Institute for War and Peace Reporting | Giving Voice, Driving Change
Conditions Dire at Azeri Refugee Camp
Torrential rains, poisonous reptiles and malaria – it sounds like a list of Biblical plagues. In fact, it’s just the summer season for tens of thousands of refugees living in a camp in Azerbaijan for the last nine years.
The camp at Barda is situated in the very centre of the country, and officially houses 55,000 Azerbaijanis displaced by the 1991-94 war over Nagorny Karabakh, which the Armenians won. The real number is much smaller, as many people leave as soon as they can fix up better accommodation in Baku and other towns.
Azerbaijan has some 750,000 refugees and displaced people left over from the conflict with the Armenians. Barda is one of five bigger camps among the many that are dotted across the country. Here, they live in mud huts, which isn’t so bad considering that elsewhere people have to make do with tents, dugouts or disused railway carriages.
But the huts were too flimsy for the rains which hit Barda in June. At its peak, the flood water reached 30 centimetres in many of the huts. One collapsed, killing a 68-year-old woman and her granddaughter who were buried under the debris.
“We have become refugees once again,” said Mahir Guliev, the head of one of at least 50 families left homeless by the flooding.
“We didn’t manage to salvage any belongings when the house fell down. Thank God we managed to save ourselves,” he said. His family has been lodging with neighbours since the accident two weeks ago.
Guliev is building a new home for his family nearby, a mud hut exactly like their old one. No one here can afford a brick home.
The flooding was followed by an outbreak of malaria, as mosquitoes multiplied in pools of standing water. Residents said at least 40 people have come down with the disease.
Although malaria is a major problem across Azerbaijan, it takes hold with a vengeance in refugee camps where conditions are unsanitary and healthcare provision substandard. People at the Barda camp do not take basic precautions such as fitting mosquito nets.
And as if all that wasn’t enough, Barda has been overrun by venomous snakes this year. The camp is teeming with them.
“The kids are scared,” said one mother, Elnura Mamedova. “The slightest rustling sound wakes them up.
“My daughter was bitten by a snake earlier this month. She had to be rushed to the hospital in town.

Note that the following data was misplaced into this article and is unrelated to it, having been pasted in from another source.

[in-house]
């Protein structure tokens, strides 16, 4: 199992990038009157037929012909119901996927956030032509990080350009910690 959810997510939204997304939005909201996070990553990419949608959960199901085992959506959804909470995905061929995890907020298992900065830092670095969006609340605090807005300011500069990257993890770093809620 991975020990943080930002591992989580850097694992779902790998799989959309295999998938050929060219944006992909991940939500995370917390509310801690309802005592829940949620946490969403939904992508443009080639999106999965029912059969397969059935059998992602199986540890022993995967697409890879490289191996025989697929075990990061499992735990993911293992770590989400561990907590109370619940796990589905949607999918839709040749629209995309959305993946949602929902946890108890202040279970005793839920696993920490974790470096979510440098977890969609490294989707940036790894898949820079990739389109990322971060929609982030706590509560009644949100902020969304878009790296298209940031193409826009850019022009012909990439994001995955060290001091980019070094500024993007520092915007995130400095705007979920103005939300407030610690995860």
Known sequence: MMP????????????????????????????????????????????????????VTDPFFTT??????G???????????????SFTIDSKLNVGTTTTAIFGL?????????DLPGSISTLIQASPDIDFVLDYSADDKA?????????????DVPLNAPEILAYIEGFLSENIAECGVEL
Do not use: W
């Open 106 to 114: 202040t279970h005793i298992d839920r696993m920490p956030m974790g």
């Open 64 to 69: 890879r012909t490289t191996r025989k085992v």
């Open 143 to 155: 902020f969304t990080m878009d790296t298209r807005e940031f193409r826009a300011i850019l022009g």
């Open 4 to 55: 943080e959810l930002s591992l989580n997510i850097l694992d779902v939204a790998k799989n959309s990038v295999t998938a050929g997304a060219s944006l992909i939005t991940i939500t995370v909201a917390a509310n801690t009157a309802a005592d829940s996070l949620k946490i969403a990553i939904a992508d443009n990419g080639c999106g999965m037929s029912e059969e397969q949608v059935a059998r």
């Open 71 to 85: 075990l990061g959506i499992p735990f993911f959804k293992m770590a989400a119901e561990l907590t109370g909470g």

“I’m more cautious now. I enter the house first, look around, and then let my daughters in.”
All this is only part of a wider picture of squalid housing, unemployment and lack of education and health services.
When IWPR toured the sprawling camp at Barda, the lasting impression was of desolation.
There are about 2,000 huts nestling close to each other, each surrounded by small, fenced-off plots of land - although the land here is too barren for anything to grow. In winter, the earthen walls of the typical hut provide little insulation from the cold, while in summer, they make the one or two rooms inside baking hot. There are few beds, and adults usually sleep on mattresses on the floor.
Locals were reluctant to talk. They watched from behind their fences, but no one showed any desire to meet the journalists. The first person IWPR met on an otherwise deserted street was an old man herding some sheep.
“Why are you here?” he asked. “You can’t help us,” and refused to say any more.
The United Nations Development Programme estimates that only six out of 10 refugee children here go to school. The local clinic is only equipped to provide first aid, and has neither professional medics nor drugs. Few refugees can afford to seek medical attention further afield.
“My ten-year-old daughter has a gynaecological problem, but I cannot afford to take her to the doctor,” said Elnura Mamedova.
Divorced nine years ago, she and her two daughters have been sharing a tiny two-room home with 12 other refugees since then.
Elnura’s daughter helps her process wool, one of the very few ways for women to make a living.
“I get food and clothing on credit at the local store. Then I sell the wool, and pay it back,” she said.
Apart from the occasional consignment of food sent by aid agencies, refugees have to rely on an allowance of about five US dollars a month from the government.
“The money doesn’t last us a week,” said Mahir Guliev, whose family of four gets a total of 20 dollars to feed them for a month.
He considers himself lucky to have a construction job, which gives him 20 or 25 dollars extra a month. He spoke to IWPR after finishing an arduous day’s work and setting out for the nearby town of Barda where his wife is recovering from malaria. He was taking money – donated by fellow-refugees – to pay doctors for her treatment.
Unemployment is the greatest affliction of all, according to Rauf Aliev, who heads the local aid agency Aran. Only one in ten men are able to support to their families by working in the building trade or as shepherds. Even when non-government organisations ran nursing and sewing classes a couple of years ago, there were no jobs where these new skills could be applied.
With no end to their misery in sight, many refugees at Barda decide to take their lives. The number of suicides is on the rise, and more men than women are taking this way out.
Leila Amirova is an independent journalist in Baku.
- Europe & Eurasia
- Latin America
- Middle East & North Africa
- Focus Pages
- Training & Resources
- Print Publications
- IWPR Spotlight